Cyberattacks don't have to be 'terminal,' experts say

Preventing cyberattacks is impossible, but governments and businesses can and should prevent the attackers from stealing data, a computer security specialist says.

But precautions can keep data out of the wrong hands

Preventing cyberattacks is impossible, but governments and businesses can and should be able to stop attackers from stealing data, a computer security specialist says.

There is "nothing in the world you can do" to prevent attacks such as the one that penetrated computer systems in three Canadian federal government departments, said Stephen Northcutt, president of the SANS Technology Insitute, a security training facility in Bethseda, Md.

If a hacker penetrates the security of a computer system, "that's bad, but it's not terminal," Northcutt says.

"Until the data actually gets out of your organization and into the hands of your adversary, you haven't lost."

Unfortunately, in the case of the recent attack, hackers are believed to have stolen sensitive government information.

Executive spear-phishing

The attack on Canadian government computers involved a technique called executive spear-phishing or whaling.

According to reports, servers in China gained access to a number of Canadian government computers.

The hackers, posing as senior bureaucrats, then sent emails to the department's technical staffers, conning them into providing key passwords to government networks.

At the same time, the hackers sent other staff seemingly innocuous memos as attachments.

The moment an attachment was opened by a recipient, a viral program was unleashed. 

The program hunts for specific kinds of classified government information, and sends it back to the hackers over the internet.

Northcutt applauded the Canadian government for responding to the attack, which was detected in January, by disconnecting its computers from the internet.

He said that is a good move if you believe your system has been successfully compromised and the attack is ongoing.

The next step is to bring in experts who can find the malware responsible for the attack and help figure out where the data is headed.

Northcutt added that most organizations never even detect when a cyberattack is underway. Partly, that is because security systems tend to monitor data entering rather than leaving the system.

"It's a big part of the problem," he said. But he added that people are starting to recognize that and install software to monitor data leaving the system through strange routes like unsecured ports.

Organizations should, of course, also be trying to prevent attackers from getting in to begin with, he said.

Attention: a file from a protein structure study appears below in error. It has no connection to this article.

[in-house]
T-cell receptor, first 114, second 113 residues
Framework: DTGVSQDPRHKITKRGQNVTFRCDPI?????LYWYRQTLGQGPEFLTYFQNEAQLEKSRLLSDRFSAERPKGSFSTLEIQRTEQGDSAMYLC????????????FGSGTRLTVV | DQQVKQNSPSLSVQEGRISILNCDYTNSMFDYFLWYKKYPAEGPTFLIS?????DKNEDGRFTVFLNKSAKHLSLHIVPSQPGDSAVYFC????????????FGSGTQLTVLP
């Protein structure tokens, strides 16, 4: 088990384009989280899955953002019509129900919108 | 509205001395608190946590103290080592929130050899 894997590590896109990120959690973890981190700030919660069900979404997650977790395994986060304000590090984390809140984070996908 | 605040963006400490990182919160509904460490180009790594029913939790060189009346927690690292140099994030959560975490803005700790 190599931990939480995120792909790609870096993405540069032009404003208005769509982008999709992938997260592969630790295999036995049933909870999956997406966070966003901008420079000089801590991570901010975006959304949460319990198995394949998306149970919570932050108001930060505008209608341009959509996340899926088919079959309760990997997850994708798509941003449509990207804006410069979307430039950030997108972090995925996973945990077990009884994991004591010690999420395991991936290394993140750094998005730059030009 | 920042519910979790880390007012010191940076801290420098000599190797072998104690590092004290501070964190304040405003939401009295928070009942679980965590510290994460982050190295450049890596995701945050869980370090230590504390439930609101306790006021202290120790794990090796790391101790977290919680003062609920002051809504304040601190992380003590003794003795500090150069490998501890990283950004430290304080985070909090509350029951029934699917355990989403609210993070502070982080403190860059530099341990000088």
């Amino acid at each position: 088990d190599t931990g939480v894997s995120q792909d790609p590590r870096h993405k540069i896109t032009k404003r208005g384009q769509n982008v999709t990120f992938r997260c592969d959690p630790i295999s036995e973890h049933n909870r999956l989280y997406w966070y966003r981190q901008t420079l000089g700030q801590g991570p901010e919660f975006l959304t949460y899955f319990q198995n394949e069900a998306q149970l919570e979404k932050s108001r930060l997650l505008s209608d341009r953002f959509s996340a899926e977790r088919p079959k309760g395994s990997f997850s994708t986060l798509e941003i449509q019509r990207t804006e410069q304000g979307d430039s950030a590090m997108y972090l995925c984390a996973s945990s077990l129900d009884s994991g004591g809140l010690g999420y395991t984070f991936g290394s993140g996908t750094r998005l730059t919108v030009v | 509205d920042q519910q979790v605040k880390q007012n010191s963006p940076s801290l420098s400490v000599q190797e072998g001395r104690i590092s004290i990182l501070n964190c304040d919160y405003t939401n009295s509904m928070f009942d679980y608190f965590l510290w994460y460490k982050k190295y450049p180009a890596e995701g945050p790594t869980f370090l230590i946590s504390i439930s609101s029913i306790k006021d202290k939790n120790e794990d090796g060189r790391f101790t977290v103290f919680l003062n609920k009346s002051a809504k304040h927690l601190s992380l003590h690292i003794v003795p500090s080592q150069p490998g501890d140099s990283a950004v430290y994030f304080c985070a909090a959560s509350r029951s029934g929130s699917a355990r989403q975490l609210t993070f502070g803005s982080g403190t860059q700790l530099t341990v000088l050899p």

He recommends implementing software that only allows a certain "whitelist" of approved programs to be installed on computers or tracks the programs that are installed, in order to prevent malicious software from taking root.

Executive privileges risky

Adam Wosotwosky, principal engineer for internet security firm McAfee, said its not unusual for organizations loosen company-wide security measures for a select group of executives — something he recommends against.

"When you open up a back door like that, you're opening a back door to all your hackers."

Wosotowsky also suggests keeping web browser software up to date to minimize the chance that browsers will automatically download malware from malicious websites that employees have been lured to visit.

Companies can also ban their email system from transferring any executable files — the form that a lot of malware takes.

"There are other ways to transfer executable files," Wosotowsky said.

Education 'inoculates'

Both he and Northcutt said that, in addition to technological defences, it's important to educate employees to prevent successful phishing.

For example, Wosotowsky said, they need to know that all the text in an email can be "made up," and that the person it appears to be from may not have sent it.

Northcutt said a number of U.S. government organizations, including the New York State government, have started "inoculation" campaigns that educate employees about security threats and hold occasional drills.

"From time to time, we need to send a note to ourselves — and see how many people fall for it," he said.

He estimated that only five per cent of organizations actually do that.

But both he and Wosotowsky also acknowledge that technological measures to detect attacks are crucial even when employees are educated.

"We can't get every single employee to do the right thing," he said. "Humans make errors."